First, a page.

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Tai Chi Chuan history and styles

 

The word Tai Chi first appeared in Book of Changes of the Zhou Dynasty. The essay says: "Where there is Tai Chi, there is peace and harmony between the positive and the negative." Tai Chi means supremacy, absoluteness, extremity and uniqueness. Tai Chi Quan takes its name for the implication of superiority. Tai Chi Quan got its name when Shanxi secular Wushu master Wang Zongyue used the philosophy of the positive and negative from the Book of Changes to explain the principles of the Chuan.

There are different opinions on the origin of Tai Chi Quan. Some think it was created by Zhang Sanfeng of the Song Dynasty (961-1279) while others believe it was created by Han Gongyue and Cheng Lingxi in the Liang Dynasty (502-557). Still others say that it was created by either Xu Xuanping or Li Daozi of the Tang Dynasty(618-907)Yet all propositions cannot be proved from authenticate historical records. According to the research of Wushu historian Tang Hao, Tai Chi Quan was first exercised and practised among the Chen family members at the Chenjia Valley which is located in Wenxian County in Henan Province. The earliest choreographer of the Tai Chi Chuan was Chen Wangling who was both a scholar and a martial artist. Chen combined his knowledge of ancient psychological exercises; the positive and negative philosophy describe in the Book of Ch-anges and Chinese medical theory of passages and channels of blood, air flow and energy inside the human body with the exercises and practices of Wushu. He absorbed the strong points from various schools and styles of martial arts of the Ming Dynasty, especially the 32-move Qi Jiguang style of Chuan (long-style Chuan), to form the school of Tai Chi Quan.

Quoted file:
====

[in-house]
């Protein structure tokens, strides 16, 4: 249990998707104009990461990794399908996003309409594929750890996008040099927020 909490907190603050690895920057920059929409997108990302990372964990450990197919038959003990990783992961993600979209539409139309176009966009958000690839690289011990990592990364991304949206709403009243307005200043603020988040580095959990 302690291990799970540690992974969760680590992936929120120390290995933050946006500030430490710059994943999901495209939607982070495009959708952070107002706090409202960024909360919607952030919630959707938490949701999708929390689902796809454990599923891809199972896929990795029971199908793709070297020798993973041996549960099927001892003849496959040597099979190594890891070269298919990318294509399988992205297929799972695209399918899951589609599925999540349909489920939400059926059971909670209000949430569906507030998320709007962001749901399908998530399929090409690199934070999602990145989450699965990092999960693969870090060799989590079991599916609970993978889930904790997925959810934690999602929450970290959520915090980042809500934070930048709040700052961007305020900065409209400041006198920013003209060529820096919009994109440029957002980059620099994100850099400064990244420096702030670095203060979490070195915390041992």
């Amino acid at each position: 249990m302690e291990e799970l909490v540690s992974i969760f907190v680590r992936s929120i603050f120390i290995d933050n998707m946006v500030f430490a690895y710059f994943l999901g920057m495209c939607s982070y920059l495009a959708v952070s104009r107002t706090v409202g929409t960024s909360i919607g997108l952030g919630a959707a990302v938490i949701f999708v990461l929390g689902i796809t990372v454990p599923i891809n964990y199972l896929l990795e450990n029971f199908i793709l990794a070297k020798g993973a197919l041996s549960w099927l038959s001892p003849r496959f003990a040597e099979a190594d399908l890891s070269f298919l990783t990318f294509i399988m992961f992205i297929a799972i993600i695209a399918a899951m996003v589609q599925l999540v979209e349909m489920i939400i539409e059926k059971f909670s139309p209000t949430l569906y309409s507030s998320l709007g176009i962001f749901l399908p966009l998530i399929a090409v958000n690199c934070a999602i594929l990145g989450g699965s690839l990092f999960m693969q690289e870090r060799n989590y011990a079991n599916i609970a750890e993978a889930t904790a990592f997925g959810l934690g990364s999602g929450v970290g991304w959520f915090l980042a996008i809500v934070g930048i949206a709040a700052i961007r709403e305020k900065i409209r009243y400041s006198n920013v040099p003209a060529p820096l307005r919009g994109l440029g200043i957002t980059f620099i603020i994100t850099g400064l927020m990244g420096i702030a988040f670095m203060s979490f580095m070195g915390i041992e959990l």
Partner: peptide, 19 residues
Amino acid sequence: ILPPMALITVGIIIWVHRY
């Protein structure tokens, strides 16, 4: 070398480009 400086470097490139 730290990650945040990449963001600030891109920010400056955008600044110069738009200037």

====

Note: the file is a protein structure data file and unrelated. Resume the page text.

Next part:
After years of dissemination, many styles of Tai Chi Quan were created. The most popular and wide-spread are the following five styles:Chen-style Tai Chi Quan, Yang-style Tai Chi Quan, Wu-style Tai Chi Quan, Wu Yuxiang Style Tai Chi Quan, Sun-style Tai Chi Quan.

Although different in style and form, all Tai Chi Chuan routines require their practitioners to be tranquil, calm, relaxed but concentrative. In Tai Chi Quan the spine is the pivot around which the body moves. Forces and energy should be generated from the spine and waist before reaching the arms and legs. The movements are executed slowly, continuously and softly, but hardness is implied in softness. Substantialness should be distinguished from insubstantialness. Practitioners are required to breathe regularly and smoothly. The inner strengths and energy should be exuded through external movements and actions.

The theory of Tai Chi Quan was developed when Wang Zongyue wrote his On Tai Chi Quan. Tai Chi Quan theories matured with later writings of the Thirteen-form Frame, Thirteen Postures, Secrets of Thirteen Stances, The Essentials of Martial Artists, Martial Artists' Ballad, Tai Chi Combats and Five-Word Essentials.

As mentioned earlier, the Tai Chi Quan has health enhancing and disease curing functions. This is largely due to its effect on brain function. Practising Tai Chi enables part of the cerebral cortex to enter a protective inhibition so that partial rest is possible while other parts are excited. As a result brain function can im protracted exercises and practices of Tai Chi Quan. Various chronic diseases resulting from the malfunction of the nerve system can thus be cured or ameliorated.

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